A masked student attends classes at P.S. 188 The Island School in New York City on September 29. File Photo by John Angelillo/UPI | License Photo
April 26 (UPI) -- More than 50,000 students were allowed to return to public schools in New York City on Monday in the final opt-in period for in-person learning during the current school year.
With the majority of the city's nearly 1 million students still choosing to learn online due to the COVID-19 threat, the additional students allowed to return Monday boost those attending in person to about 378,000 -- or about 40% of all students.
For the 51,000 students returning Monday, it's the first time they will see classrooms in more than a year. All students in New York City were forced to stay home early last year after the coronavirus outbreak arrived in the United States.
The new opt-in session came after federal health officials last month reduced the recommended distance between students from 6 to 3 feet.
Monday's change allows schools, students and parents to prepare for the next academic school year in a few months.
"It's too early to be able to tell you everything about September. But I can tell you this much: We want every child back in the classroom, and we're planning on every child being back in the classroom," New York City Mayor Bill de Blasio said, according to WABC TV. "A lot could happen between now and September."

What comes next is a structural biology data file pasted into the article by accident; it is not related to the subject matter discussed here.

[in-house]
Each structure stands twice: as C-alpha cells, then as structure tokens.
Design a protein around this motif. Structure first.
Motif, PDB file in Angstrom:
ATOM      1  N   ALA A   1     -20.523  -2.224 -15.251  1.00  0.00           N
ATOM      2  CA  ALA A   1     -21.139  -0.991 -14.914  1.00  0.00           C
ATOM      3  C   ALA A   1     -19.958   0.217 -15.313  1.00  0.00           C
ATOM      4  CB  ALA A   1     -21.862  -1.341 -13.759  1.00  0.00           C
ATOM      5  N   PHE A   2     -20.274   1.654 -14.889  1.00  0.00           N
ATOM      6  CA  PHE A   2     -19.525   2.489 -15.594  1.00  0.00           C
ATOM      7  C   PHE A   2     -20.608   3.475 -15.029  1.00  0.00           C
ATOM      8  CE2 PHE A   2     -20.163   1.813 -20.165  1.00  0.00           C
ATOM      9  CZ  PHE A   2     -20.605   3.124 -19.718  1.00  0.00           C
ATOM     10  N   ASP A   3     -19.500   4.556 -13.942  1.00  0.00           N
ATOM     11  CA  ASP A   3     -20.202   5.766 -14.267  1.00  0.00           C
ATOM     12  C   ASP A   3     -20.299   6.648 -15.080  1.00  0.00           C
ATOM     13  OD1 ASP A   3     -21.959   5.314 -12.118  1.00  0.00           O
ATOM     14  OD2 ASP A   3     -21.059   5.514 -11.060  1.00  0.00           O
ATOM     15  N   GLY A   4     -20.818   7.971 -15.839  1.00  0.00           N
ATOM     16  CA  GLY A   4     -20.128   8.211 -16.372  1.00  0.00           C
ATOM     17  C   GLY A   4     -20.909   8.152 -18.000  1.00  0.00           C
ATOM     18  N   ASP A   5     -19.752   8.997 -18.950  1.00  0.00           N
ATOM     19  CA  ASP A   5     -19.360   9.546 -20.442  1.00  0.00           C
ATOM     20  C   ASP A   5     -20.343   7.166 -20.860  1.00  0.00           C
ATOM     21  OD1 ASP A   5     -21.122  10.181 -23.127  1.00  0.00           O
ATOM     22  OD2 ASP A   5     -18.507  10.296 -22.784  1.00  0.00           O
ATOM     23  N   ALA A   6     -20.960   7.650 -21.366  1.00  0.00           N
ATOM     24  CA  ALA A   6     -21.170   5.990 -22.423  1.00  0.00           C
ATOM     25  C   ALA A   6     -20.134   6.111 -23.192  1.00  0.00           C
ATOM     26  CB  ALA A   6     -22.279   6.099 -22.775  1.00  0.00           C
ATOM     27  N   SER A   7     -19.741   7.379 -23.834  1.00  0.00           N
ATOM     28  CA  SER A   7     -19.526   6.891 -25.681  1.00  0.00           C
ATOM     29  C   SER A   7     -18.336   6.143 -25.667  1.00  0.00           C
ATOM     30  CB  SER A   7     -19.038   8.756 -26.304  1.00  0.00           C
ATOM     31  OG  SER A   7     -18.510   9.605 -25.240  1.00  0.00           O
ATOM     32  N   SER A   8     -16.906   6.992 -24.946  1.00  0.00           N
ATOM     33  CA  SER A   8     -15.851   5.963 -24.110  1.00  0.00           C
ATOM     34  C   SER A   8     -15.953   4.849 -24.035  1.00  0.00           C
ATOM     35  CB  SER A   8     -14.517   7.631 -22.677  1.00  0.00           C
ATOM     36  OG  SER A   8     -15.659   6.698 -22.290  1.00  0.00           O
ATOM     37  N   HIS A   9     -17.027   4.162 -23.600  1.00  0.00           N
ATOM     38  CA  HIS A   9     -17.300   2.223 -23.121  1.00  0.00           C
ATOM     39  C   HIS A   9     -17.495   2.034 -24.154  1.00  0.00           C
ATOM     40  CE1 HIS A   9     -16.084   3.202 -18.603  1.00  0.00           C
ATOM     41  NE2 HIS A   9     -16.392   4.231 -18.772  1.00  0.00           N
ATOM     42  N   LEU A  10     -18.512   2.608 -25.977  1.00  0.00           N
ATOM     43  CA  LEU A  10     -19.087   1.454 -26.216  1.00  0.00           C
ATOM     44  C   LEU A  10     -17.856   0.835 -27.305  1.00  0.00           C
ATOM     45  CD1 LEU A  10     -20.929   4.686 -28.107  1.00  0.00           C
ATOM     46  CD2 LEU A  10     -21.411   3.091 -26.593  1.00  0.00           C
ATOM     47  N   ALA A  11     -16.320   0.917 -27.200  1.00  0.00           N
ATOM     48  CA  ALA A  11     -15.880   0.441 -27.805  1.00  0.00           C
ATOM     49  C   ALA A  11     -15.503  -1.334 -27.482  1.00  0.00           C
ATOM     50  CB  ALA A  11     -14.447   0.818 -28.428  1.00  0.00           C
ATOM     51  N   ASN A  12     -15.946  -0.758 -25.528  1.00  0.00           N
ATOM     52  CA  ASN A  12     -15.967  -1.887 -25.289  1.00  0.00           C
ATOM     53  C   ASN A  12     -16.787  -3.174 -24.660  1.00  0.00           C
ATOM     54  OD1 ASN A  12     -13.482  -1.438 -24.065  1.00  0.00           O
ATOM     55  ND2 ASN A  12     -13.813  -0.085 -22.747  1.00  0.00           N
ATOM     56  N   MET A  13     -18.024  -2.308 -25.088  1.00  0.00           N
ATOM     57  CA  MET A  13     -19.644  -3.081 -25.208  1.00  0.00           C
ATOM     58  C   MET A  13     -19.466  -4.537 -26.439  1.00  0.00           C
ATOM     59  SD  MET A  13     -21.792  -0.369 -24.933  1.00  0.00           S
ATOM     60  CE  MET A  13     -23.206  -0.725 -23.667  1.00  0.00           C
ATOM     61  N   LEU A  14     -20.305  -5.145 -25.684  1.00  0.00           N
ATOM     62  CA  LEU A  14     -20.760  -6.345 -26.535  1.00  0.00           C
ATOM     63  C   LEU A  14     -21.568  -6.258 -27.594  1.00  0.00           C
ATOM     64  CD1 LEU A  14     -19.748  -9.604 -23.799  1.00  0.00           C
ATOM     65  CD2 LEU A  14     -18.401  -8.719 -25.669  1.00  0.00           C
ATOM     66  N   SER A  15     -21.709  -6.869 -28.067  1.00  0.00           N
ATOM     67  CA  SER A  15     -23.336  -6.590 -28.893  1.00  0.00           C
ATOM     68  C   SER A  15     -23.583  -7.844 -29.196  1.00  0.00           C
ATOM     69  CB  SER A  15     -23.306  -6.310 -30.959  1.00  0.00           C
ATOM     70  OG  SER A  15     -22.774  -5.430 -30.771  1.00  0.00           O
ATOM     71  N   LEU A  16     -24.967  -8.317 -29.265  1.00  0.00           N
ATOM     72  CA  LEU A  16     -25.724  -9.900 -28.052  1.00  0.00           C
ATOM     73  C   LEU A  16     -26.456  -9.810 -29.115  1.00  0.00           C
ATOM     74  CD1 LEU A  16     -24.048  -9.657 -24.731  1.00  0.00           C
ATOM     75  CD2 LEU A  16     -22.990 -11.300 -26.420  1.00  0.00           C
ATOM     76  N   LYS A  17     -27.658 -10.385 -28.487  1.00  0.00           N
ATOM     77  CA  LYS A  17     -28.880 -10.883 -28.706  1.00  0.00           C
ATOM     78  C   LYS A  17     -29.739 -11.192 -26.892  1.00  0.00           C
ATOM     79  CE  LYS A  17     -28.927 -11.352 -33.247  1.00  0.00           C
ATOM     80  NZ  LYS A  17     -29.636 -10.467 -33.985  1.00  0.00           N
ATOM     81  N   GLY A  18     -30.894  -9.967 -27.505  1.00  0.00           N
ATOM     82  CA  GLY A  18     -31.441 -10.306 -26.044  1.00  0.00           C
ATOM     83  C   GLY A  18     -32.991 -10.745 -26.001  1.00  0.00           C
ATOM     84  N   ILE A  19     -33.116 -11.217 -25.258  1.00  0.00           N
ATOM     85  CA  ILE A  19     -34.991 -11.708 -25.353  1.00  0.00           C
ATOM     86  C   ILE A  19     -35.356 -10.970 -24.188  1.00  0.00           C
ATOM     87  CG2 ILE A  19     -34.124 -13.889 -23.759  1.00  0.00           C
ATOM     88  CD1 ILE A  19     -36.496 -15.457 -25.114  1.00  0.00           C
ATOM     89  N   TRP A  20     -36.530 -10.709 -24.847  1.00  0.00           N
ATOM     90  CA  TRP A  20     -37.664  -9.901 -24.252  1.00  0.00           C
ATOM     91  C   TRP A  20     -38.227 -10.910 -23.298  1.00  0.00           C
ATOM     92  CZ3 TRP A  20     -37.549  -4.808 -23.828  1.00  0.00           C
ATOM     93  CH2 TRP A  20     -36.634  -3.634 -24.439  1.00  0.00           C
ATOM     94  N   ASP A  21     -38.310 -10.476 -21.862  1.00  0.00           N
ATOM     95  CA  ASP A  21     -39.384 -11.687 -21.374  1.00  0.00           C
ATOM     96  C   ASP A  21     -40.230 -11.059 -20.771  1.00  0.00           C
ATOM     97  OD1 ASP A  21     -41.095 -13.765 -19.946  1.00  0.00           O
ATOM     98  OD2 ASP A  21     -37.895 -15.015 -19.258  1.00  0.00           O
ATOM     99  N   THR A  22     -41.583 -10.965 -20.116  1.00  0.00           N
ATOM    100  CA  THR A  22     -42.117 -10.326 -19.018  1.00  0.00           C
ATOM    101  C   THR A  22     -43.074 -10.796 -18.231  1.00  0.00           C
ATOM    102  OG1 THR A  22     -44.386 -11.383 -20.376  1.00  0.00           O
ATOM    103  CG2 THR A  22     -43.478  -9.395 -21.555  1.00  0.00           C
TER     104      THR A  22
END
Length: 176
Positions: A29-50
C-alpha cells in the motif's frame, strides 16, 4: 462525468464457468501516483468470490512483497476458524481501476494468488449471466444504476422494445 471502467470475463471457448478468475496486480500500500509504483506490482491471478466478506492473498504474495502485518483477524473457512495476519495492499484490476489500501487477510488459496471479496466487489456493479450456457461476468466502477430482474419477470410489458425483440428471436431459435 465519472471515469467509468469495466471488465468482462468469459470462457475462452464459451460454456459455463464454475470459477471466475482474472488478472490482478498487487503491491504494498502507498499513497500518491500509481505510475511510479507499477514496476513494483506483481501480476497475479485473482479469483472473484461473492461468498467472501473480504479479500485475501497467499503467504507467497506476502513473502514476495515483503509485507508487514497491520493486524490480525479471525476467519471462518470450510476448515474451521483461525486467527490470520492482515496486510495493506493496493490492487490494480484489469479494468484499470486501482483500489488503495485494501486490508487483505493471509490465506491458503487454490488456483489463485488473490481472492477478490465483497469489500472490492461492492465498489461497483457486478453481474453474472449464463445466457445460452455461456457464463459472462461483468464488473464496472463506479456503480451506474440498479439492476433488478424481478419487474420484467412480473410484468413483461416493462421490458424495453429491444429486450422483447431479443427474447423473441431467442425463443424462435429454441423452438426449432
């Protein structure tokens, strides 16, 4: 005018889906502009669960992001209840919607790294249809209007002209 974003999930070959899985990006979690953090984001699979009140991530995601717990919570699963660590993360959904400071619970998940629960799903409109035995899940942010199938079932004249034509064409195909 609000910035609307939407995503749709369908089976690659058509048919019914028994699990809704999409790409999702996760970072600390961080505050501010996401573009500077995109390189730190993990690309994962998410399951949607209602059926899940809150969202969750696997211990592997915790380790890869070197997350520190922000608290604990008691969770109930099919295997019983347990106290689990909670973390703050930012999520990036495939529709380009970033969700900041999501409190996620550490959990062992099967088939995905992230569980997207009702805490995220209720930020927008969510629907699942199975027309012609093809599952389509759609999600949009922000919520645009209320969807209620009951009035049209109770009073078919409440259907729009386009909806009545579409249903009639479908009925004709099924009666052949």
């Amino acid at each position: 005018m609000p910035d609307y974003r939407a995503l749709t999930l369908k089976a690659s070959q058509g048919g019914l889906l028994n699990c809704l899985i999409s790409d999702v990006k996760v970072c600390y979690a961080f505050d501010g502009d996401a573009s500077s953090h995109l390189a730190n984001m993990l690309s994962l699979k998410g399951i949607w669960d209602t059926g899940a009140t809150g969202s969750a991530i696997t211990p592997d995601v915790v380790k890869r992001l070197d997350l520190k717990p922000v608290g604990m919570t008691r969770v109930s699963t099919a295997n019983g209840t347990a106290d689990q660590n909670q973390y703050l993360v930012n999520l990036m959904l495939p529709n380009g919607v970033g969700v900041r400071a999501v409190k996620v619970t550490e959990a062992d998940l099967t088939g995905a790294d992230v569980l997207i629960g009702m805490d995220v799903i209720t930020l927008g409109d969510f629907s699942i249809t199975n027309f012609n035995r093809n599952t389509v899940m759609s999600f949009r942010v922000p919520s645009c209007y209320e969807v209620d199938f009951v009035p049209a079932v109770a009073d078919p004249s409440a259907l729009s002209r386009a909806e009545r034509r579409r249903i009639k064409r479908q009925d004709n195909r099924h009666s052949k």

Earlier this month, De Blasio said disruption of schedules, not safety, is the primary reason only 50,000 students signed up to return Monday.
Some parents have been disappointed with in-class learning, as about 40% of teachers are still on medical leave.
Also on Monday, movie theaters, museums and zoos are allowed to increase capacity. New York Gov. Andrew Cuomo announced last week that museums and zoos could open to 50% capacity and cinemas 33%.
All three have been operating at a maximum of 25% capacity.
Lower coronavirus transmission rates are allowing the return to more normalcy in the city. Cuomo called the seven-day positivity rates "stable and going down" and he's also discussing possibly increasing capacity for Brooklyn Nets and New York Knicks home games from 10% to 25% for the NBA playoffs.
Health officials say the city's seven-day average for new cases is below 2,200 for the first time since November.
January 31, 2020
National Institutes of Health official Dr. Anthony Fauci (C) speaks about the coronavirus during a press briefing at the White House in Washington, D.C. Health and Human Services Secretary Alexander Azar (L) announced that the United States is declaring the virus a public health emergency and issued a federal quarantine order of 14 days for 195 Americans. Photo by Leigh Vogel/UPI | License Photo